If you knit or crochet, you are likely to have tons of pieces of scrap yarn lying about. Either from cuttings or leftover bits that you can’t use.
There have been suggestions online that you should use these scraps of yarn to provide birds with nesting materials. Usually, this would be done by placing the yarn in a hanging box in your garden for the birds to fly to and collect. The theory is that the birds will use this yarn to build their nests with.
People choose to place nest materials, such as yarn, in their yard for two reasons. One, it helps the birds find material easily to build their nests, and two it attracts birds to their yard, as a yard with lots of building material is the place to be for birds.
Although the intentions are good, it has been said that it is not safe for birds to use yarn to build their nests and that we shouldn’t be placing the yarn in the garden for them to find.
If you are wanting to still place nesting materials for birds in your garden, learn what you can place outside, and then some other creative uses for your yarn scraps.
Why is Yarn Not Safe for Birds?
Yarn and any other type of string fibers such as twine or human hair can easily become twisted and tangled around birds necks, legs and wings.
This could cause a cut-off in circulation which could lead to serious injury and in severe cases, death. Many birds, particularly songbirds, are rescued each year with missing limbs, due to the fact that they had string or yarn tied around their limbs.
Some yarns, particularly acrylic yarn, contain chemicals that can be harmful to birds if ingested. Acrylic yarn is basically a plastic, and introducing plastic into nature is never a great idea. Acrylic yarn is also highly flammable and melts into plastic, which increases the dangers of using it to build a birds nest.
If the yarn is ingested, it could wreak havoc on a birds intestines, with the yarn not breaking down and all the chemicals that some yarns contain seeping into their system. Long strands might even cause strangulation or choking for smaller birds.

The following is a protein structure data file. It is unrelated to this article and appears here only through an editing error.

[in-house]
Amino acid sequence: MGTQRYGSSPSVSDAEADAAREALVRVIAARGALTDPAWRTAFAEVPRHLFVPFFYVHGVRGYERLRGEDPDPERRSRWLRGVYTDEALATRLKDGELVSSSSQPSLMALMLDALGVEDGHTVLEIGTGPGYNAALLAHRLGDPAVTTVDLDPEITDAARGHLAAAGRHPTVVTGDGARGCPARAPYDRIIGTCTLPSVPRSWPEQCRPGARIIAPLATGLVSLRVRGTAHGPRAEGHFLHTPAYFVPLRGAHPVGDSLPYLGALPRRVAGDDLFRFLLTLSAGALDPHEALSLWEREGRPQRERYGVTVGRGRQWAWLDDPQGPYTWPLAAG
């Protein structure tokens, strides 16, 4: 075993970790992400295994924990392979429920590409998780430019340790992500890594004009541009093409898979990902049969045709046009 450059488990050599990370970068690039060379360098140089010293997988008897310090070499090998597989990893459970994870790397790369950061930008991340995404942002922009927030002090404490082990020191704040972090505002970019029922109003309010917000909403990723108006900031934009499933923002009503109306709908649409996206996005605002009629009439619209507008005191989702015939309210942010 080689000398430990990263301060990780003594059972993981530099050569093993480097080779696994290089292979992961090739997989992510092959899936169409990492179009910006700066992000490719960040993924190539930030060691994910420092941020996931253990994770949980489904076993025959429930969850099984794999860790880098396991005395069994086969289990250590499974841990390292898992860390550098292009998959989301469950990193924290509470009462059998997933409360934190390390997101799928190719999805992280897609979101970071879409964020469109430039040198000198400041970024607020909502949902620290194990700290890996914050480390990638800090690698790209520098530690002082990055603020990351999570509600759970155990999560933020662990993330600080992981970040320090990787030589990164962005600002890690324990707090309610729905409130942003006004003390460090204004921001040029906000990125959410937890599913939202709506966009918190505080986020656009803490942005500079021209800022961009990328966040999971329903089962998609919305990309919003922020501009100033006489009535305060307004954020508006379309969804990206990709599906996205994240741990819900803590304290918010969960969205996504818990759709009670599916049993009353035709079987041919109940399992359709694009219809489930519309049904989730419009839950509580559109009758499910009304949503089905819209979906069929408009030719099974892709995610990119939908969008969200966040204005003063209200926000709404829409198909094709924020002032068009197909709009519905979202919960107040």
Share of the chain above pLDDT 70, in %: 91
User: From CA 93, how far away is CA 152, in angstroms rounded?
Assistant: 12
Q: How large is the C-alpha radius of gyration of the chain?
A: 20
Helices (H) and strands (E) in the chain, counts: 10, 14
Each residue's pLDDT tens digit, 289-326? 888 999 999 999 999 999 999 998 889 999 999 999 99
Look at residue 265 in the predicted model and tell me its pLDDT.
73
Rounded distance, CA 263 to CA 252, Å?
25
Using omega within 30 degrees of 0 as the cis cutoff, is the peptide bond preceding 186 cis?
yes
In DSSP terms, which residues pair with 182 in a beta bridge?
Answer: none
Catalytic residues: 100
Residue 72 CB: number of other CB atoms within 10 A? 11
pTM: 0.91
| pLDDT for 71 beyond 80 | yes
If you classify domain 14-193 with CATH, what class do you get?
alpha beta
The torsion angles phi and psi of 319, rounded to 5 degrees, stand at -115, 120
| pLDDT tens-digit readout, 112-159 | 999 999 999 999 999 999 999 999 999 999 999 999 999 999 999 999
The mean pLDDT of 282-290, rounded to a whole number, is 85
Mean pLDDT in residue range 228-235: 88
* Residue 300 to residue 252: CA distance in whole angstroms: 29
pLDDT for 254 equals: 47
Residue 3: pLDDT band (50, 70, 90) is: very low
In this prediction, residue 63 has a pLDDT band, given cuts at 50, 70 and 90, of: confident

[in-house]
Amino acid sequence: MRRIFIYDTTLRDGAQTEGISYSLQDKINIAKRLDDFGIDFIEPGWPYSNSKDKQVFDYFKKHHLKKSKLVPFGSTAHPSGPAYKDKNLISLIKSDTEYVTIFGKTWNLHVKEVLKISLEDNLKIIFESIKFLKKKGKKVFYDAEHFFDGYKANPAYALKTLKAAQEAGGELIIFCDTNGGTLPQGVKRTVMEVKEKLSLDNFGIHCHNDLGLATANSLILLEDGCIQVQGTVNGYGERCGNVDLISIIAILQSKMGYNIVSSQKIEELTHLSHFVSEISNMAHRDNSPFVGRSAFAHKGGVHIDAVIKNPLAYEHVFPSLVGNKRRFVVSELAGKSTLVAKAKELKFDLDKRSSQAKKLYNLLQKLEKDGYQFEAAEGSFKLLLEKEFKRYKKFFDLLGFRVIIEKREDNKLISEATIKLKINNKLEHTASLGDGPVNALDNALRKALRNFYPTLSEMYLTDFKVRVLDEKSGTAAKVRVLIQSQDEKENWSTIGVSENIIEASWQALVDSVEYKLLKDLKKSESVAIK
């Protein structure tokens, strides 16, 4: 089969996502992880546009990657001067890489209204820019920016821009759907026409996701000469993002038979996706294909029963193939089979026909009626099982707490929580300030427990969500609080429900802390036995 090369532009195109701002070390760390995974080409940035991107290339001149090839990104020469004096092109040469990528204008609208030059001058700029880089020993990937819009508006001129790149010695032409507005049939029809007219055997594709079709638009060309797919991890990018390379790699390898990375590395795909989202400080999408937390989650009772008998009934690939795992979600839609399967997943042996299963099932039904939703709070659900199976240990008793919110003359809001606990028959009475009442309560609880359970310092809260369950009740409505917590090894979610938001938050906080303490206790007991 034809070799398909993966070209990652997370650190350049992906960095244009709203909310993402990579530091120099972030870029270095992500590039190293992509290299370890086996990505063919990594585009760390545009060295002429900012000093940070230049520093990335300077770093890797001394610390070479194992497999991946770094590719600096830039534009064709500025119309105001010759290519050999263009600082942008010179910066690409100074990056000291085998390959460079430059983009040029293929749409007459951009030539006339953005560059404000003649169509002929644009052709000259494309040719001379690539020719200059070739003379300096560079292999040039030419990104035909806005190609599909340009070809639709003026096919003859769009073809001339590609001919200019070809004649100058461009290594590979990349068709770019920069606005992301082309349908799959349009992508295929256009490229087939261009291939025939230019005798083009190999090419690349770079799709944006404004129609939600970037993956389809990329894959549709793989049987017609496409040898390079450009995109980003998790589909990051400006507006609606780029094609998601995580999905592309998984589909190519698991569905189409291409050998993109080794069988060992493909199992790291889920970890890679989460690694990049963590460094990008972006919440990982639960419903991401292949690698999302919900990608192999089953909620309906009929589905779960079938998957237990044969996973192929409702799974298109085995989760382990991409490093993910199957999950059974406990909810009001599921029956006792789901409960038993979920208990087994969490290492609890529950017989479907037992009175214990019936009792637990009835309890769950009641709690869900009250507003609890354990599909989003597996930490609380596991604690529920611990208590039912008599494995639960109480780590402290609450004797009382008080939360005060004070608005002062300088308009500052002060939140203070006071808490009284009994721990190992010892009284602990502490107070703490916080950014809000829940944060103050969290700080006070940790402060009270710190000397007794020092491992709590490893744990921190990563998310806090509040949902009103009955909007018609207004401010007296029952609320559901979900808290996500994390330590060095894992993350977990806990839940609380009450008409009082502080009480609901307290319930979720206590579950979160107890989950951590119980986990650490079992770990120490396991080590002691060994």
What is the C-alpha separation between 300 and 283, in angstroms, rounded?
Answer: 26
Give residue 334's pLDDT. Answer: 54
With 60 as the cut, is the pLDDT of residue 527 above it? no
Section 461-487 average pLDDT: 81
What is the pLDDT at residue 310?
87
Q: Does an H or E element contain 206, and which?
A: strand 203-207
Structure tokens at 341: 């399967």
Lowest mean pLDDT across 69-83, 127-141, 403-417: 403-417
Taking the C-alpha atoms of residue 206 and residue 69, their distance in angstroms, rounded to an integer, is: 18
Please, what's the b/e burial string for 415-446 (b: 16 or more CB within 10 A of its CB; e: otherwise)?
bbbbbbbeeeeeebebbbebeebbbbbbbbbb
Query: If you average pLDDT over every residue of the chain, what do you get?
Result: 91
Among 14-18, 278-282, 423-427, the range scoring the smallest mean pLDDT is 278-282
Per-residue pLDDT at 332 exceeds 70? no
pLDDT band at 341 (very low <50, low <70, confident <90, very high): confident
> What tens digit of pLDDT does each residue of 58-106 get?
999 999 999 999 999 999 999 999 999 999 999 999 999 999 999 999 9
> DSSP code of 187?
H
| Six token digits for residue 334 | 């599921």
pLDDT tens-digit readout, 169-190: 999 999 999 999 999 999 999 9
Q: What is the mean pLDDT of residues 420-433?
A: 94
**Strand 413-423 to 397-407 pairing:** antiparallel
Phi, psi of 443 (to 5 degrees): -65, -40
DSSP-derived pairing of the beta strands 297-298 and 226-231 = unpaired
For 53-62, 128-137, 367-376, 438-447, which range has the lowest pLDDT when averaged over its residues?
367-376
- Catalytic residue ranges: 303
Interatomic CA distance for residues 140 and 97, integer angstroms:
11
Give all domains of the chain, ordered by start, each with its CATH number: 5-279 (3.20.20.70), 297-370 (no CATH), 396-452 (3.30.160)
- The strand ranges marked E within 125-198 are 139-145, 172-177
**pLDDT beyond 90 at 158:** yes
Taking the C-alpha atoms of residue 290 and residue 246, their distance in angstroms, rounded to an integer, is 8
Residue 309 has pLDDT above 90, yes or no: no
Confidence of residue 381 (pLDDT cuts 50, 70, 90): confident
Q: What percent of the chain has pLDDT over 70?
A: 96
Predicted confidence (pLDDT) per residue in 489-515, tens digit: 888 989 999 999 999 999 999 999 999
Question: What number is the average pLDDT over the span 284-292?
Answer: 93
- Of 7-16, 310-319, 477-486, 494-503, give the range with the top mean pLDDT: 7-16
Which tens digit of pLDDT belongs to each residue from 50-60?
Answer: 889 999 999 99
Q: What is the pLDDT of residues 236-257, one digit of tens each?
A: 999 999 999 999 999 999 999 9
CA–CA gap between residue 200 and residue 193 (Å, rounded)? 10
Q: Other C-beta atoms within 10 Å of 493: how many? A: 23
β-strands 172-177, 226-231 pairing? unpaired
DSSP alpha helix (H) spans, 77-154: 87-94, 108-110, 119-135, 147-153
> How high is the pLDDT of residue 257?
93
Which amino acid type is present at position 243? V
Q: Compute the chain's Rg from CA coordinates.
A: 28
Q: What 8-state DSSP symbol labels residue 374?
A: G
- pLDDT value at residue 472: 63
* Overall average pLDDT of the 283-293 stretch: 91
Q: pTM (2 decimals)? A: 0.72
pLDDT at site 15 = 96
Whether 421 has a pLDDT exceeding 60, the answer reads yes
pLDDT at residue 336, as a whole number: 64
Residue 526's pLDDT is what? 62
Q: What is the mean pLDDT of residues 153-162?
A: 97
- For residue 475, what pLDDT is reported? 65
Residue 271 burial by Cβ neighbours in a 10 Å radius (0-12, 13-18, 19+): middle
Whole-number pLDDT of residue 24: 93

What To Provide Instead of Yarn
If you love the idea of providing easy access nesting materials for birds in your neighborhood and want to benefit from having more and more birds in your yard, you could choose to offer up some natural resources for the birds to pick from.
Birds use many different bits and bobs to build their nests, so basically, anything natural and harmless is great to offer. Here are some ideas:
Cloth – Cloth strips are great for birds to use to nest. Only use natural cloth fibers such as wool, cotton, jute, and burlap. Be sure to cut the fabric around 4 inches long and around 1 inch wide, making them small enough for birds to handle and small enough to not pose a strangulation hazard.
Animal hair – If you have pets which you groom, you could save their fur and place it in the yard for the birds. It makes a great, soft lining for a birds nest. Don’t offer up hair or fur that has been treated with insect repellent or flea dips as this may be toxic to the birds.
Batting – Cotton or wool batting which is cut into around 4-inch strips is a good idea to place out for birds to collect.
Feathers – If you have some old down pillows at home, use the feathers inside to offer up to the birds. Feathers are a favored option for birds when creating a nest.
Yard debris – If you are cleaning up your yard, you could keep some debris for the birds. Different debris such as pine straw, wheat straw, and small twigs are all great materials for birds to use to build nests. You can even buy straw from your local nursery or hardware and use that to offer up to the birds.
Moss – Moss that has not been chemically treated can be used for nesting. Sphagnum and Spanish moss are great choices.
Grass cuttings – Birds love to use grass cuttings for nesting, so collect your grass cuttings into bunches or small balls and leave them on your lawn for the birds to collect.
Cocoa fiber – If you have some old hanging baskets, you could strip them into small pieces and leave them on the lawn for the birds to collect.
Plants and seeds – Different plants such as cattails, fluffy plants especially, make great nesting foundations and cushioning.